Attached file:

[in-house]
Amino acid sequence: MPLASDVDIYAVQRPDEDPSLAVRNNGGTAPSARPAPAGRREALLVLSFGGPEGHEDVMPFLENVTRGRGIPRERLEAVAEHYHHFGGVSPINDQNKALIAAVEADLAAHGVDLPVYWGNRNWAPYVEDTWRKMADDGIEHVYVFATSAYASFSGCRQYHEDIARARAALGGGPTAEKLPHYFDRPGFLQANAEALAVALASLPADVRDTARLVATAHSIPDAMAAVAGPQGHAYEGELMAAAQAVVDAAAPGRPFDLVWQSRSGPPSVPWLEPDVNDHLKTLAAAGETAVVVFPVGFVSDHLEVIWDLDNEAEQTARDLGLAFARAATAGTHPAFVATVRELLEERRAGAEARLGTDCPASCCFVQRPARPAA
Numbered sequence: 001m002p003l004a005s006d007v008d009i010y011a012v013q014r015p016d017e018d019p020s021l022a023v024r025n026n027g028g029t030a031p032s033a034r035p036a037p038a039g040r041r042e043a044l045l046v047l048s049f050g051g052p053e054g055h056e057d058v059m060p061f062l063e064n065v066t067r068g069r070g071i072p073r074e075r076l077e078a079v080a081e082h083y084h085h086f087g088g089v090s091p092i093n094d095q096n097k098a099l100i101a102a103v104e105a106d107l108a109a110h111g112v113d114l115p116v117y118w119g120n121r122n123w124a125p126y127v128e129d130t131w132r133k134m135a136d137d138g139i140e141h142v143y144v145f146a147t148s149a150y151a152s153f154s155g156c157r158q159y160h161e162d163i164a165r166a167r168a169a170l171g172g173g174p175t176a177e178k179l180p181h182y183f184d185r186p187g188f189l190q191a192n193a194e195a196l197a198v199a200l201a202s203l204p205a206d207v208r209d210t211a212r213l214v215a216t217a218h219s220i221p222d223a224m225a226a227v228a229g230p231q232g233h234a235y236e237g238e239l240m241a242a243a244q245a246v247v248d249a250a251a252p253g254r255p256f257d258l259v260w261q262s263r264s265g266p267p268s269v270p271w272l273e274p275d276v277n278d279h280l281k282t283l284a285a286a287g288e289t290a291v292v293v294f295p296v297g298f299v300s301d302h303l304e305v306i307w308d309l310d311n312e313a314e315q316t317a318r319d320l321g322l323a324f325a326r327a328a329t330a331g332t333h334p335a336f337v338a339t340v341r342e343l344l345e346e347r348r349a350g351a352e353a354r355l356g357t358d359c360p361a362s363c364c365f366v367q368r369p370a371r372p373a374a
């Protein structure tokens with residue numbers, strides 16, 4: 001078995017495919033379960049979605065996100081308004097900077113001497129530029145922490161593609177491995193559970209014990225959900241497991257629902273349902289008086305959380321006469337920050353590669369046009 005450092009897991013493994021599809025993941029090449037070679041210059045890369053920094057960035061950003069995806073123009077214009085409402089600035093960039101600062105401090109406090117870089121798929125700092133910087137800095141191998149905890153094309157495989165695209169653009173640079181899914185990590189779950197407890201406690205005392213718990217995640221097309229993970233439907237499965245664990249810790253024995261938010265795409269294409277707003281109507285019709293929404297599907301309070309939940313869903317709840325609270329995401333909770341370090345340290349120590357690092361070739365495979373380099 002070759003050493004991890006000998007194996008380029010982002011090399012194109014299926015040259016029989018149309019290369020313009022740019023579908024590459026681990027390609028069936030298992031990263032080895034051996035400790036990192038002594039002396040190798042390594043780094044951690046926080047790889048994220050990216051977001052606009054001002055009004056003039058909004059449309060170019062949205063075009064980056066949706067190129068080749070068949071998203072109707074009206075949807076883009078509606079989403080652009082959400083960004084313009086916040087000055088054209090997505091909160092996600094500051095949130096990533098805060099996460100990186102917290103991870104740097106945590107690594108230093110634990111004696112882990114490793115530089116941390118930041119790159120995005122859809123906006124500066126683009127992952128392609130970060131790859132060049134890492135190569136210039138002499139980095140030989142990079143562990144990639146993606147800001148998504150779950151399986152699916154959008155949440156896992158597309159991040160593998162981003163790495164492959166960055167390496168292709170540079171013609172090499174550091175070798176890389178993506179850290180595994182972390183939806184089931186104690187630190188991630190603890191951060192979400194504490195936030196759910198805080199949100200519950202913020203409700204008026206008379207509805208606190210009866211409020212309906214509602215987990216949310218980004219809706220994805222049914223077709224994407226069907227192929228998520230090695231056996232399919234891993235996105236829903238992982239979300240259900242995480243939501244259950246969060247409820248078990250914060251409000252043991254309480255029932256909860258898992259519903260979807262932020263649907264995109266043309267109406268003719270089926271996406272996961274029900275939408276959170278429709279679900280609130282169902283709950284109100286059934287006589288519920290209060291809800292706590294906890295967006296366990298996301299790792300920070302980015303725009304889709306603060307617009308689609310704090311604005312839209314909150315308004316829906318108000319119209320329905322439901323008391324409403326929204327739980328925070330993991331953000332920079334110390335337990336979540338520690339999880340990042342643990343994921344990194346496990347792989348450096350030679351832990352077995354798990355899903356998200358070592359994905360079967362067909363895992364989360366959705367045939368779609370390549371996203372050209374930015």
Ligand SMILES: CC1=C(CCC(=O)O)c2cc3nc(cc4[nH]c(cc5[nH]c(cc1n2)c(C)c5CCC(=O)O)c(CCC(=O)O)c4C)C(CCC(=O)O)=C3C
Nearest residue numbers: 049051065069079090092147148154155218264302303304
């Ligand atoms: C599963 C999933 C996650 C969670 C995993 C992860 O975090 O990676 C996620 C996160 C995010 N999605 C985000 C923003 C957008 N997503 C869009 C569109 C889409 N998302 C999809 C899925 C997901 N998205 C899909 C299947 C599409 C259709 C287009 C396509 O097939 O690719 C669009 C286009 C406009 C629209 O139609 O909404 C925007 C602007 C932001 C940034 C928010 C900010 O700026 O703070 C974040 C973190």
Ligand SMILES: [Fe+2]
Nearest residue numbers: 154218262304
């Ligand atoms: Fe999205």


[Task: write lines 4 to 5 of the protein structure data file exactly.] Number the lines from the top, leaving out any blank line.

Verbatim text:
């Protein structure tokens with residue numbers, strides 16, 4: 001078995017495919033379960049979605065996100081308004097900077113001497129530029145922490161593609177491995193559970209014990225959900241497991257629902273349902289008086305959380321006469337920050353590669369046009 005450092009897991013493994021599809025993941029090449037070679041210059045890369053920094057960035061950003069995806073123009077214009085409402089600035093960039101600062105401090109406090117870089121798929125700092133910087137800095141191998149905890153094309157495989165695209169653009173640079181899914185990590189779950197407890201406690205005392213718990217995640221097309229993970233439907237499965245664990249810790253024995261938010265795409269294409277707003281109507285019709293929404297599907301309070309939940313869903317709840325609270329995401333909770341370090345340290349120590357690092361070739365495979373380099 002070759003050493004991890006000998007194996008380029010982002011090399012194109014299926015040259016029989018149309019290369020313009022740019023579908024590459026681990027390609028069936030298992031990263032080895034051996035400790036990192038002594039002396040190798042390594043780094044951690046926080047790889048994220050990216051977001052606009054001002055009004056003039058909004059449309060170019062949205063075009064980056066949706067190129068080749070068949071998203072109707074009206075949807076883009078509606079989403080652009082959400083960004084313009086916040087000055088054209090997505091909160092996600094500051095949130096990533098805060099996460100990186102917290103991870104740097106945590107690594108230093110634990111004696112882990114490793115530089116941390118930041119790159120995005122859809123906006124500066126683009127992952128392609130970060131790859132060049134890492135190569136210039138002499139980095140030989142990079143562990144990639146993606147800001148998504150779950151399986152699916154959008155949440156896992158597309159991040160593998162981003163790495164492959166960055167390496168292709170540079171013609172090499174550091175070798176890389178993506179850290180595994182972390183939806184089931186104690187630190188991630190603890191951060192979400194504490195936030196759910198805080199949100200519950202913020203409700204008026206008379207509805208606190210009866211409020212309906214509602215987990216949310218980004219809706220994805222049914223077709224994407226069907227192929228998520230090695231056996232399919234891993235996105236829903238992982239979300240259900242995480243939501244259950246969060247409820248078990250914060251409000252043991254309480255029932256909860258898992259519903260979807262932020263649907264995109266043309267109406268003719270089926271996406272996961274029900275939408276959170278429709279679900280609130282169902283709950284109100286059934287006589288519920290209060291809800292706590294906890295967006296366990298996301299790792300920070302980015303725009304889709306603060307617009308689609310704090311604005312839209314909150315308004316829906318108000319119209320329905322439901323008391324409403326929204327739980328925070330993991331953000332920079334110390335337990336979540338520690339999880340990042342643990343994921344990194346496990347792989348450096350030679351832990352077995354798990355899903356998200358070592359994905360079967362067909363895992364989360366959705367045939368779609370390549371996203372050209374930015």
Ligand SMILES: CC1=C(CCC(=O)O)c2cc3nc(cc4[nH]c(cc5[nH]c(cc1n2)c(C)c5CCC(=O)O)c(CCC(=O)O)c4C)C(CCC(=O)O)=C3C